‘The only security of all is in a free press…,’ wrote Thomas Jefferson, ‘it is necessary to keep the waters pure’. But in recent years, the waters in local communities have become increasingly muddied. More and more councils have begun printing their own newspapers, squeezing the free and independent press out of the market. This has been a giant step in the wrong direction for local democracy.
Journalists like Jim Naughtie and John Humphrys, Roy Greenslade and Richard Littlejohn, cut their teeth on their local papers. As we all recognise, local journalism has been under increasing pressure from the relentless news cycle and the internet. But if local newspapers disappear, where will residents get an independent, thoughtful critique of how their councillors are behaving and how their council is performing? Certainly not from the town hall Pravda where glossy print meets spin.
Councils should let their achievements speak for themselves: not use glossy freesheets to tell people what to think. Many councils are already embracing a new era of transparency: putting the facts about their spending online without an editorial gloss and letting people make up their own minds. Others have started to work with, rather than against, their local newspaper: so that straightforward information about local services and community resources reaches local residents without compromising the papers independence.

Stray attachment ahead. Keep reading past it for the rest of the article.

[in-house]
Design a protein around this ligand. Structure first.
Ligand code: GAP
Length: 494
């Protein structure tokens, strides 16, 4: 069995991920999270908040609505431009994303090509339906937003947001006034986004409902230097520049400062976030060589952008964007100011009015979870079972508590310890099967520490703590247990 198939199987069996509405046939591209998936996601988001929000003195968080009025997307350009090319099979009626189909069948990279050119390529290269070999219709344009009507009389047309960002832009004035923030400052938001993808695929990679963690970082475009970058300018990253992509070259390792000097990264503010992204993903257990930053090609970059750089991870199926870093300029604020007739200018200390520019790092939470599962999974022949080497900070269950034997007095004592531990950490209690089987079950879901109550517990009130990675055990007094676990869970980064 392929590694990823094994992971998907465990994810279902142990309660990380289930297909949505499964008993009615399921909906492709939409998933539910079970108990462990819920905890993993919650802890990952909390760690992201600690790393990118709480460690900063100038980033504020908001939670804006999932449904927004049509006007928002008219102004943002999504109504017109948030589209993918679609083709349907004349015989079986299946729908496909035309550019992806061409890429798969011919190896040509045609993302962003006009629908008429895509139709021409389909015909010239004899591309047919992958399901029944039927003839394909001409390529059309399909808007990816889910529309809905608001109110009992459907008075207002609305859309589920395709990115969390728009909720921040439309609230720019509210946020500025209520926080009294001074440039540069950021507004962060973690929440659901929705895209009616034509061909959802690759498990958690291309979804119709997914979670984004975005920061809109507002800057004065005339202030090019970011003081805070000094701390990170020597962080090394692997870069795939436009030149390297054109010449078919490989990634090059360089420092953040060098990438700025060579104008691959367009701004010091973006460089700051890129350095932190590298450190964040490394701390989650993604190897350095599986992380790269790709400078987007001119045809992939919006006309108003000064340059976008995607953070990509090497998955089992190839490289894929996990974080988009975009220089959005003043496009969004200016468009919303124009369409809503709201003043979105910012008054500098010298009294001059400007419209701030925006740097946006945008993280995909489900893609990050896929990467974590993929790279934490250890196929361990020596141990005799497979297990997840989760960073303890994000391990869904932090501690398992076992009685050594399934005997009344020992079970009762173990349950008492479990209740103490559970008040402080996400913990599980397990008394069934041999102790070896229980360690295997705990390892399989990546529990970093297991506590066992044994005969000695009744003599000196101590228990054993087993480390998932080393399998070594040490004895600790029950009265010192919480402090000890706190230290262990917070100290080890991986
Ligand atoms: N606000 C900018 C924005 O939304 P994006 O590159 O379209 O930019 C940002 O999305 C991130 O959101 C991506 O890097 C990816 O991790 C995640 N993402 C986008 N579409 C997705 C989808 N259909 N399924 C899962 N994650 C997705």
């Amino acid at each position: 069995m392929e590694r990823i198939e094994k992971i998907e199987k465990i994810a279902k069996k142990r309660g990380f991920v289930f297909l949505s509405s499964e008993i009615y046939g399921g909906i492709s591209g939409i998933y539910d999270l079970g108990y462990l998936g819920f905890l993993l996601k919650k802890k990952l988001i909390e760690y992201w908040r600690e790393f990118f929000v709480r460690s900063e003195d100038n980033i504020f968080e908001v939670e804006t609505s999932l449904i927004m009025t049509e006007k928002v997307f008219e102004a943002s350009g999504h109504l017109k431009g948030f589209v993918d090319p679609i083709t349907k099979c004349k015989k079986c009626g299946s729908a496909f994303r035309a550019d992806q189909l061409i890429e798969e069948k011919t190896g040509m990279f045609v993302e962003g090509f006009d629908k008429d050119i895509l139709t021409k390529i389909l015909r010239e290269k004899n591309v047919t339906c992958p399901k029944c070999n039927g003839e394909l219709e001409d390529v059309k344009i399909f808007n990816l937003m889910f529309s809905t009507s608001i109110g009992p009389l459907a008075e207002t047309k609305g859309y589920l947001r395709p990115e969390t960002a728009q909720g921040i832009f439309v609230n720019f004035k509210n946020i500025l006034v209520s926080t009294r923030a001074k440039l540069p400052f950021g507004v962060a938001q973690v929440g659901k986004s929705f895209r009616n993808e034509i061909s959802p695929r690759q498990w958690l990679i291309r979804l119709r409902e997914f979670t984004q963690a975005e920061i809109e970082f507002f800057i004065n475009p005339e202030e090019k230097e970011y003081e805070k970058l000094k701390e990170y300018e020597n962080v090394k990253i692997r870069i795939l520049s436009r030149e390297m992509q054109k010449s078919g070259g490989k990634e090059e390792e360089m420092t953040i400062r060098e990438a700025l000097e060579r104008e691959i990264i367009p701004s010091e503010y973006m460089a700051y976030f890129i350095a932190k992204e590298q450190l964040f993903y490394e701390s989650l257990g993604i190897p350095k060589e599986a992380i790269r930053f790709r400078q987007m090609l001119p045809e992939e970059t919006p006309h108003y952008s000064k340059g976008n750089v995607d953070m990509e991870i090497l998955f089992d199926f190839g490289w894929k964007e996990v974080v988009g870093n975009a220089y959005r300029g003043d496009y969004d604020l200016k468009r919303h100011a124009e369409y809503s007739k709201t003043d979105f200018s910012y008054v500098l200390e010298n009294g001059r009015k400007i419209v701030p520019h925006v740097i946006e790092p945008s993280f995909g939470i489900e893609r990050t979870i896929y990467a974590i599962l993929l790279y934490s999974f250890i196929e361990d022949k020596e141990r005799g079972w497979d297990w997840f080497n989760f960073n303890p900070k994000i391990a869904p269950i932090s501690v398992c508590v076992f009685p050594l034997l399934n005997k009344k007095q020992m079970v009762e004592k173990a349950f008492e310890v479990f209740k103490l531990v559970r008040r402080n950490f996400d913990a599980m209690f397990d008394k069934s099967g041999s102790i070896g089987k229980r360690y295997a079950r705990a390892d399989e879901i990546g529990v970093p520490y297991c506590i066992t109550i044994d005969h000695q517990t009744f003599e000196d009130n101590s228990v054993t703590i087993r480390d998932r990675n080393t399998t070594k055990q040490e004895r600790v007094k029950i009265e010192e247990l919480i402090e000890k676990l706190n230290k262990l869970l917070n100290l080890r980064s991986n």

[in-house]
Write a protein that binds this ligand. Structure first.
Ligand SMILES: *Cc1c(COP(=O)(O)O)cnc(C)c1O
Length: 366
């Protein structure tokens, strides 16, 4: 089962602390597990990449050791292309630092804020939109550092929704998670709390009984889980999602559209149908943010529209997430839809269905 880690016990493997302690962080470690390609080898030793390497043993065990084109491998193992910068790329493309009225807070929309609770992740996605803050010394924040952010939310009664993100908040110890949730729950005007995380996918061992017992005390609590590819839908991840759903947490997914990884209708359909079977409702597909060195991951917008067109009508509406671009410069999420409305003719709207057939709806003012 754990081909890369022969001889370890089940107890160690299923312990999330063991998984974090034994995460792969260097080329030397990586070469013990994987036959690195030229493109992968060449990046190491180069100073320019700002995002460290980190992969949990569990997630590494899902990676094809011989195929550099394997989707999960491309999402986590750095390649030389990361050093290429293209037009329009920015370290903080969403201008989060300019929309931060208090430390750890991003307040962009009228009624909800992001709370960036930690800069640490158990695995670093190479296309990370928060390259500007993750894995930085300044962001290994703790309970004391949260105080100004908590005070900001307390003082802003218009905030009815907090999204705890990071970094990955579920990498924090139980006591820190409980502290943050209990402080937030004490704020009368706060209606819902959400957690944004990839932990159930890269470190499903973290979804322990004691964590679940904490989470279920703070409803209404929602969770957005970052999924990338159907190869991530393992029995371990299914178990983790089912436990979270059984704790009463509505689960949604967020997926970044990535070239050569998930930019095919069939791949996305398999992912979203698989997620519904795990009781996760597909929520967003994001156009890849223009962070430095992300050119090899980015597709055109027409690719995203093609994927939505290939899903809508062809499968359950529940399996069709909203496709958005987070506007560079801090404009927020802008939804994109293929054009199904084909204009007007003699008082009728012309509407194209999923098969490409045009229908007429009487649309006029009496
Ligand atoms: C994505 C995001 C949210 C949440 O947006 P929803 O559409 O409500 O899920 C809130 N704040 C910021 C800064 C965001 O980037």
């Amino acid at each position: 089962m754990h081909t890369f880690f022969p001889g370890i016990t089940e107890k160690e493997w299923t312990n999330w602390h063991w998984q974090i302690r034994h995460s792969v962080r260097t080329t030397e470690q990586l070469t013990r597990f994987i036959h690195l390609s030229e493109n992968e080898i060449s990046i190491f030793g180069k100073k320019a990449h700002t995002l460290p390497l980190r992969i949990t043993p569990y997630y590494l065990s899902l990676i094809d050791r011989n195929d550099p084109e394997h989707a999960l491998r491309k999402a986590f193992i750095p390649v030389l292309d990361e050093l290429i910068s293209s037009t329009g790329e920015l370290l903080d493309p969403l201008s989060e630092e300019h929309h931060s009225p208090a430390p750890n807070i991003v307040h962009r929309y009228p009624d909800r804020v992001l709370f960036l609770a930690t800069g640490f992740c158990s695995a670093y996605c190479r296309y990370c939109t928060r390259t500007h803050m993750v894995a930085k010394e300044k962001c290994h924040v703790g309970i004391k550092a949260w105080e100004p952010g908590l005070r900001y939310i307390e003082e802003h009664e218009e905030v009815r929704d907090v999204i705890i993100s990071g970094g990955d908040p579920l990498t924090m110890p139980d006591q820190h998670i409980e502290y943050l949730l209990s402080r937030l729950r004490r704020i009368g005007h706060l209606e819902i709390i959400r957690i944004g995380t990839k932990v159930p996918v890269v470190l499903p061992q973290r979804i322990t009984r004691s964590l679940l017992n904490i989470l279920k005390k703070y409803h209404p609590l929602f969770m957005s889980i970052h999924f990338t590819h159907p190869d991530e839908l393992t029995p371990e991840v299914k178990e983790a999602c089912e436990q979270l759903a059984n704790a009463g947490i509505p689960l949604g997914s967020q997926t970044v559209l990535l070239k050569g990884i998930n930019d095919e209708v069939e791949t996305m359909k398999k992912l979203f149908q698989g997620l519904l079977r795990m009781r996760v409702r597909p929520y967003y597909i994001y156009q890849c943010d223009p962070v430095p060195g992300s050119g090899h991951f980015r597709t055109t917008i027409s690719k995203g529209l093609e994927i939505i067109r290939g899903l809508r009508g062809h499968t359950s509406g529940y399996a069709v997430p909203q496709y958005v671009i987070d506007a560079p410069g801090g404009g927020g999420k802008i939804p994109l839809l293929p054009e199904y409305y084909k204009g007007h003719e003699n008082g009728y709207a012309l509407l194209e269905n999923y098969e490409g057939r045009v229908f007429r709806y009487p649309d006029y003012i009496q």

As well as the democratic principles at stake, I also have deep concerns about the amount of money some councils are spending blowing their own trumpets. As the BBC reported, Newham council spent upwards of half a million pounds on their newspapers; while Greenwich’s magazine looks like a local edition of Vogue – though the quality of reporting doesn’t seem to live up to the production values, an issue which has caused a great deal of concern.
I’m determined to strike a blow for freedom of the local press who can’t compete with a bottomless pit of taxpayer funds. That’s why I’ve proposed tightening up the rules governing councils promotion and publicity. I don’t think, for example, that there will be any great loss to British journalism if councils can’t print their freesheets more than once a quarter. The consultation closed this week, and there has been significant interest in the issue, with more than two hundred responses. But it’s important to recognise that some councils don’t need to wait to be told: Hammersmith and Fulham council has decided to stop publishing its newspaper.
At a time when councils are facing up to really difficult choices, these excessive publicity machines seem completely out of kilter with public sentiment. Councils have got to ask themselves whether residents would prefer to see their council tax spent on frontline services or on self-promotion? Propaganda dressed up as journalism not only wastes money but undermines a free press and a healthy democracy. As the Prime Minister promotes those very values abroad in China this week, it’s more important than ever we actively promote them at home.